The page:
Skip to main content


Permanent Pothole Repair – In Cold and Water?

By potholes, Uncategorized
Hot asphalt is more finicky than most people realize: It can’t fix pavement in cold and wet conditions. That’s why newer asphalt formulations were devised. It’s remarkable that asphalt has and continues to be so important in modern society. For all our technologies in a digital age, having flat pavement for cars, trucks, buses and bicycles is as important as ever. When potholes and lengthy road building activity slow traffic,…
Read More

Do Salt and Snowplows Cause Potholes?

By potholes
Salt and snowplows can make potholes worse. But blame time, traffic, temperature and precipitation for most asphalt pavement deterioration. A common misperception is that road salt and snowplows are what cause potholes. Both can be at least partially responsible, but that doesn’t explain why there are potholes in Los Angeles, Miami and Honolulu. Potholes are a product of precipitation, temperature, traffic and time. To be more specific, temperatures fluctuating above…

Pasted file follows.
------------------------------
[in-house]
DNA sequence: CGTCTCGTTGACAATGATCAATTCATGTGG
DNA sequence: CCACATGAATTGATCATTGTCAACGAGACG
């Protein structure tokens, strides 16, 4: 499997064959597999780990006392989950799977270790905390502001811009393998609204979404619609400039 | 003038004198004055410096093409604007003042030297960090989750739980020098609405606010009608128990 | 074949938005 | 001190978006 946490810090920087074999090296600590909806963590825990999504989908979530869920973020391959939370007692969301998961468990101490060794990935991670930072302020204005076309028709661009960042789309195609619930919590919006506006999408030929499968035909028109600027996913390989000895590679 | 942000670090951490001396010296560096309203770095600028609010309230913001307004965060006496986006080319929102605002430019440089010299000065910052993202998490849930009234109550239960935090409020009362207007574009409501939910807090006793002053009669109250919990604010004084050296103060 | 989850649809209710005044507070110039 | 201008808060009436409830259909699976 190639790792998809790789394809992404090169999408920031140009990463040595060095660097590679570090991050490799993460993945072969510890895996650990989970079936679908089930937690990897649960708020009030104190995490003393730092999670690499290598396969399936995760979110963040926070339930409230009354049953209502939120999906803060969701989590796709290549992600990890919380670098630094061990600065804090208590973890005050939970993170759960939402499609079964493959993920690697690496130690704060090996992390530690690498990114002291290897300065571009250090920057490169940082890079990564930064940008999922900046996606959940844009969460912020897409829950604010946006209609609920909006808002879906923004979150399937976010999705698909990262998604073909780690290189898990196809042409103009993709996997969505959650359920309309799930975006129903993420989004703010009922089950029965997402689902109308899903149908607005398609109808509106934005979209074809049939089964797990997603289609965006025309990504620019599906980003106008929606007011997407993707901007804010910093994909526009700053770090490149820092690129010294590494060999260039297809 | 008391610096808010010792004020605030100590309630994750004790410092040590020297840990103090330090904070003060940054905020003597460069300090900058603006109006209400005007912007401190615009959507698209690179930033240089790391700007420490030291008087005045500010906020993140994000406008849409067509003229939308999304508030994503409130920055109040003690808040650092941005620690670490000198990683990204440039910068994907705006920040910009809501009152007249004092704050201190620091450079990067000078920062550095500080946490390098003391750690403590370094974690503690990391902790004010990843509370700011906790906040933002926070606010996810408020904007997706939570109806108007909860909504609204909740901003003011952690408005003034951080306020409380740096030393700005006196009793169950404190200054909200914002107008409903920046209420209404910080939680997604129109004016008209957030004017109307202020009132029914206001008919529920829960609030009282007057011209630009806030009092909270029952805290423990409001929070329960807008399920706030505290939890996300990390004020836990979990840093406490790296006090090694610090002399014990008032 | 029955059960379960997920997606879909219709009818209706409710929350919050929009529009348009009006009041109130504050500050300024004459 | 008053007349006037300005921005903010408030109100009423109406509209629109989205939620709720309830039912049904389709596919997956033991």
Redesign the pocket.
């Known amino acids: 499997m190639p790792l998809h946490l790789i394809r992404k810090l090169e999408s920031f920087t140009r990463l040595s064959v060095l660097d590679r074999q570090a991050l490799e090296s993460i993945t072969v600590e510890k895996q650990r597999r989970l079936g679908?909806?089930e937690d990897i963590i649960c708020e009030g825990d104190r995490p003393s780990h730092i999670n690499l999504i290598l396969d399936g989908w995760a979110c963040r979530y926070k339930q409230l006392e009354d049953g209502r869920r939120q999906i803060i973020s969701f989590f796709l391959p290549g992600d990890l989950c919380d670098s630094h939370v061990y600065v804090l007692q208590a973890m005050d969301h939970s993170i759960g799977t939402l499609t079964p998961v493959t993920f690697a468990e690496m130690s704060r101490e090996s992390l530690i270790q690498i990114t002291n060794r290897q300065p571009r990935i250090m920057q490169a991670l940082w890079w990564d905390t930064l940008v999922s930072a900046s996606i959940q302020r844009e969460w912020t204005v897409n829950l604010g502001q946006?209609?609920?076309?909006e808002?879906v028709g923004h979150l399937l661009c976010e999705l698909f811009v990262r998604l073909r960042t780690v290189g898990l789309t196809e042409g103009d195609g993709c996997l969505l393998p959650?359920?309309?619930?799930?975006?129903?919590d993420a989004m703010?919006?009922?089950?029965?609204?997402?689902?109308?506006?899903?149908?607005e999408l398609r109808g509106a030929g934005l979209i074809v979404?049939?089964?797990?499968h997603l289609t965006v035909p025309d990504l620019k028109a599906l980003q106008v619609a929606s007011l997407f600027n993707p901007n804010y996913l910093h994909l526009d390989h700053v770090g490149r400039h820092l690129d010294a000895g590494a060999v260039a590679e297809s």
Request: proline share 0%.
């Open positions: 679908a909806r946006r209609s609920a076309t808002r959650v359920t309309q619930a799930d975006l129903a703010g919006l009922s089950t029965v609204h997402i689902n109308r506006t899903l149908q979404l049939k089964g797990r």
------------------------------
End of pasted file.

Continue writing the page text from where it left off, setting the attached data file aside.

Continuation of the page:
Read More

Why Are Most Wintertime Pothole “Repairs” Temporary?

By Uncategorized
With freeze-thaw conditions prevalent across much of the country, American motorists may wonder why potholes often linger until spring. The reasons are a combination of physics and economics. First, it helps to understand the consequences. In winter and early spring, drivers everywhere are plagued with blown tires, cracked wheel rims and alignment issues that happen when they drive into one of the millions of potholes that occur in both asphalt…
Read More

Freeze-Thaw Cycles: Expansions and Contractions Cause Potholes

By Uncategorized
It might seem that the extremes of weather – the “polar vortex” freeze in the U.S. and Canada during the winter of 2014, or the triple-digit temp heat waves in the American southwest regions in recent summers – might cause the most damage to asphalt and pavement. But in fact it is the oscillations above and below 32 degrees F (0 degrees C) that are the primary culprit in creating…
Read More
Skip to content